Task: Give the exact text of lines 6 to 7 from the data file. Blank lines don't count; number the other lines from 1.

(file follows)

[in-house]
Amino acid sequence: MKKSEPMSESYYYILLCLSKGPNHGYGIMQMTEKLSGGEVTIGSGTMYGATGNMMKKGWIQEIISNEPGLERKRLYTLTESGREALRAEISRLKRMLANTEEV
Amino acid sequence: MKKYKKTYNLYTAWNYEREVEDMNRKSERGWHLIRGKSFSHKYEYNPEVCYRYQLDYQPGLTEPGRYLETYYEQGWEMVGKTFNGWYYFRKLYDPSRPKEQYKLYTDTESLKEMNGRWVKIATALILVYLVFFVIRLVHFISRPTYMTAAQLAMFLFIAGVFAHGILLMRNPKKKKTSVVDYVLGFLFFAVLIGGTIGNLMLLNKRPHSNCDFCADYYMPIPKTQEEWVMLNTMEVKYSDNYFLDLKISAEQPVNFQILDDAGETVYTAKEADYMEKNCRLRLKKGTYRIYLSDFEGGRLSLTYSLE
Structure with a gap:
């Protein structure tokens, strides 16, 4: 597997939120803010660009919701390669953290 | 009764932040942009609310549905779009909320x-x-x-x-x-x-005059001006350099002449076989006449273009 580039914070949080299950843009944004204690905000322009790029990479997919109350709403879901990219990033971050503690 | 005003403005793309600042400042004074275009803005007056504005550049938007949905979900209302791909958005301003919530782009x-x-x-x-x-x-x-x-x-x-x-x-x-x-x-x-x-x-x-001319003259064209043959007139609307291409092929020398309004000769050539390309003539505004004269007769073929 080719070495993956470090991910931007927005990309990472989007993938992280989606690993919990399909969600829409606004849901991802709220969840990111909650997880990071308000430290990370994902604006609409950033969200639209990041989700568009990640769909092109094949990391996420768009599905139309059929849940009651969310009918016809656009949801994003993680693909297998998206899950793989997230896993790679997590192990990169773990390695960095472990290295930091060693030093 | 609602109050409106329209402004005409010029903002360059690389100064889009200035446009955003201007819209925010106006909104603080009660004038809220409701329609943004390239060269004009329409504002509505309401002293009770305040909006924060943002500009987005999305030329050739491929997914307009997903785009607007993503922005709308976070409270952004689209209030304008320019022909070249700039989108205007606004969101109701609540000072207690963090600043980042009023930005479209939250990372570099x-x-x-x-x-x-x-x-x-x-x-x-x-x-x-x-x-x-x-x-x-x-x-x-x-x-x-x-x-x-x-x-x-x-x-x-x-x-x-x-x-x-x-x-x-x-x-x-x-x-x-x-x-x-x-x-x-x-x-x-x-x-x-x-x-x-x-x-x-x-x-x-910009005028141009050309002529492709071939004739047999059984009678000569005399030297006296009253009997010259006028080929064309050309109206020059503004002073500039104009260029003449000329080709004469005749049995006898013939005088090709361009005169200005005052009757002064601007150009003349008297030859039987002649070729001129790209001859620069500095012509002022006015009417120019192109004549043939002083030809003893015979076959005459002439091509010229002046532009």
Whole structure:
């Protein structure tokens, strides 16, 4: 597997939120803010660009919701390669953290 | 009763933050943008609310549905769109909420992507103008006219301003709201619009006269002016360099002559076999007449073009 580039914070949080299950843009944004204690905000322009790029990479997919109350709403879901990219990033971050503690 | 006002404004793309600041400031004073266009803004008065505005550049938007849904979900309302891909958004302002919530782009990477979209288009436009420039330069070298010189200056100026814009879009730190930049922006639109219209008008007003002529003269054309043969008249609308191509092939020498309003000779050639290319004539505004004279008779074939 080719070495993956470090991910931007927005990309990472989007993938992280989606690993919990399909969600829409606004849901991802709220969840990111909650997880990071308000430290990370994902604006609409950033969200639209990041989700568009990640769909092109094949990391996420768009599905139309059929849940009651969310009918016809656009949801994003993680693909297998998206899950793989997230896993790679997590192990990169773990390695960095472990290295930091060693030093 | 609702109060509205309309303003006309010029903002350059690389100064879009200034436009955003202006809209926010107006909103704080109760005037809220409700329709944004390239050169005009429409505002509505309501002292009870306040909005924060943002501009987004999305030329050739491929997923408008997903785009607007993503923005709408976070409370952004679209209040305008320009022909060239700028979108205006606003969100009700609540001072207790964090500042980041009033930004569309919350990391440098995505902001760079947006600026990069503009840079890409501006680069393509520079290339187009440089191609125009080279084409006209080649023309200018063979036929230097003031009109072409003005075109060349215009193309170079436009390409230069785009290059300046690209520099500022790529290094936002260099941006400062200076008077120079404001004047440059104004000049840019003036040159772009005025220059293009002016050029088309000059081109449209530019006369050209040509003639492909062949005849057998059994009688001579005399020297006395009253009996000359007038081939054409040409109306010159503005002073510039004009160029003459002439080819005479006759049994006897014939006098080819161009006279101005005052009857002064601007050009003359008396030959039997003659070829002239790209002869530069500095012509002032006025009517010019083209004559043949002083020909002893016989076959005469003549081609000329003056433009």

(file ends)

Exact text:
Whole structure:
């Protein structure tokens, strides 16, 4: 597997939120803010660009919701390669953290 | 009763933050943008609310549905769109909420992507103008006219301003709201619009006269002016360099002559076999007449073009 580039914070949080299950843009944004204690905000322009790029990479997919109350709403879901990219990033971050503690 | 006002404004793309600041400031004073266009803004008065505005550049938007849904979900309302891909958004302002919530782009990477979209288009436009420039330069070298010189200056100026814009879009730190930049922006639109219209008008007003002529003269054309043969008249609308191509092939020498309003000779050639290319004539505004004279008779074939 080719070495993956470090991910931007927005990309990472989007993938992280989606690993919990399909969600829409606004849901991802709220969840990111909650997880990071308000430290990370994902604006609409950033969200639209990041989700568009990640769909092109094949990391996420768009599905139309059929849940009651969310009918016809656009949801994003993680693909297998998206899950793989997230896993790679997590192990990169773990390695960095472990290295930091060693030093 | 609702109060509205309309303003006309010029903002350059690389100064879009200034436009955003202006809209926010107006909103704080109760005037809220409700329709944004390239050169005009429409505002509505309501002292009870306040909005924060943002501009987004999305030329050739491929997923408008997903785009607007993503923005709408976070409370952004679209209040305008320009022909060239700028979108205006606003969100009700609540001072207790964090500042980041009033930004569309919350990391440098995505902001760079947006600026990069503009840079890409501006680069393509520079290339187009440089191609125009080279084409006209080649023309200018063979036929230097003031009109072409003005075109060349215009193309170079436009390409230069785009290059300046690209520099500022790529290094936002260099941006400062200076008077120079404001004047440059104004000049840019003036040159772009005025220059293009002016050029088309000059081109449209530019006369050209040509003639492909062949005849057998059994009688001579005399020297006395009253009996000359007038081939054409040409109306010159503005002073510039004009160029003459002439080819005479006759049994006897014939006098080819161009006279101005005052009857002064601007050009003359008396030959039997003659070829002239790209002869530069500095012509002032006025009517010019083209004559043949002083020909002893016989076959005469003549081609000329003056433009």